The last 20 business days were tough on Stanley Fischer. The dollar steadily lost ground against the shekel and almost every day brought another article blasting the Bank of Israel governor and reporting the pleas from exporters to rein the shekel in. Forecasts abound that the dollar will weaken even further as thousands of speculators and mainly, exporters rush to sell dollars, making the situation even worse.
Yesterday afternoon, after the dollar contracted by more than 1%, breaking the psychological barrier of NIS 3.75 on the downside, he moved. Moments after the official exchange rate was set, Fischer began buying dollars beyond the daily quota of $100 million.
T he central bank released a laconic announcement, short in length and long in significance: "From now on, the Bank of Israel will act in the foreign exchange market in the event of unusual movements in the exchange rate that are inconsistent with underlying economic conditions, or when conditions in the foreign exchange market are disorderly." And it will keep on buying $100 million a day, it added.
Within minutes the dollar had surged 2% from the representative rate and bedlam reigned. Confused traders didn't want to move until they could figure out what was going on.
Fischer spelled it out. From now on, the Bank of Israel won't hesitate to step into the market to stop the dollar's slide. Its tactics have changed. No more predictable moves each day, but commando missions as the central bank sees fit. So why not stop the former practice? Because the central bank fears that ceasing its steady daily dose of dollar purchases would lead the market to suspect it had stopped buying dollars, while the truth is quite the opposite. No, the central bank doesn't mean to act against the trend, say insiders. It knows it can't.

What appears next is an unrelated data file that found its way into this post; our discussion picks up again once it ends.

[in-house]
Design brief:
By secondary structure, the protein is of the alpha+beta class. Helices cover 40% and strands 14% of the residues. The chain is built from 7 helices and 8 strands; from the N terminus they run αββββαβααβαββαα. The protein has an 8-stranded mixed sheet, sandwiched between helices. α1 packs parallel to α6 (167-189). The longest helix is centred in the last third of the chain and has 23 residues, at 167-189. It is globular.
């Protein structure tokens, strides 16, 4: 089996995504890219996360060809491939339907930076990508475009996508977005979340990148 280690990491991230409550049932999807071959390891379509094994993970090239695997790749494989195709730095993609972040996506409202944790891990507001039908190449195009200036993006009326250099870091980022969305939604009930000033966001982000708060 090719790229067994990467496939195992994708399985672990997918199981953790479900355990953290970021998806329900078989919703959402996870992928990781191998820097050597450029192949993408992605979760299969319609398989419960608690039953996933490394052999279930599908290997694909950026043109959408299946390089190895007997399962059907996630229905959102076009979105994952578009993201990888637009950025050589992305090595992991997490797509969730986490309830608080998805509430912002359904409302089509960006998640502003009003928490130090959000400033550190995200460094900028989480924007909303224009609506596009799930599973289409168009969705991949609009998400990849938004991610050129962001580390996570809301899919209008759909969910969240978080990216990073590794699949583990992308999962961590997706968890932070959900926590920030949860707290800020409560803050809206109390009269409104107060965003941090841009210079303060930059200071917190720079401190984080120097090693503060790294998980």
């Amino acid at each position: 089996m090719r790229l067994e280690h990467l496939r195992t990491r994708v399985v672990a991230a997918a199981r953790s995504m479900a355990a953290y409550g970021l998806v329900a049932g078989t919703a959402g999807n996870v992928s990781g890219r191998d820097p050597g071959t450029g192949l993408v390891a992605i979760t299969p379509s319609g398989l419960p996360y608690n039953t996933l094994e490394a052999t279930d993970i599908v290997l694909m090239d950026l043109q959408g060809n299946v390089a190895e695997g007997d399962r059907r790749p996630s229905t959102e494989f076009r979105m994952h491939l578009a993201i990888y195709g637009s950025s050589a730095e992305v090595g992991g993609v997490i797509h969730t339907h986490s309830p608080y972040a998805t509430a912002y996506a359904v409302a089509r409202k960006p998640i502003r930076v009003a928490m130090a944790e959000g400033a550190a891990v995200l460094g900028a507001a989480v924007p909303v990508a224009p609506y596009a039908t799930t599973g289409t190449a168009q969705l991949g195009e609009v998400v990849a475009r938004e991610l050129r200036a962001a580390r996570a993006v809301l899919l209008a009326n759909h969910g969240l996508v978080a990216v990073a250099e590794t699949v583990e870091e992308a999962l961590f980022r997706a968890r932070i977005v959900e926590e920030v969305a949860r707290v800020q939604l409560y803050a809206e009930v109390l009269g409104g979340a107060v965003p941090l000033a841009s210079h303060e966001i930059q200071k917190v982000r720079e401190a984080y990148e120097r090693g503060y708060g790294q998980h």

Fischer's strategy is becoming clearer. If the dollar sinks against the shekel because of global trends, he won't twitch. But if its slide worsens because of local speculation in the dollar-shekel arena, he'll pounce. Usually the central bank will act against the trend but it isn't making any promises. This is going to be fascinating.
There are two big questions. Does the bank stand a chance against the markets? And how will its actions affect inflation, which tends to worsen as money floods into the market? Central banks tend to lose battles against trends, but sometimes score victories in the short run. The very announcement by a central bank that it will intervene can unleash a speculative attack that exacerbates the appreciation of the local currency.
Inflation is an even worse problem. But the central bank has spelled this out too: right now, the exchange rate has priority over its traditional role, which is to keep inflation at bay.
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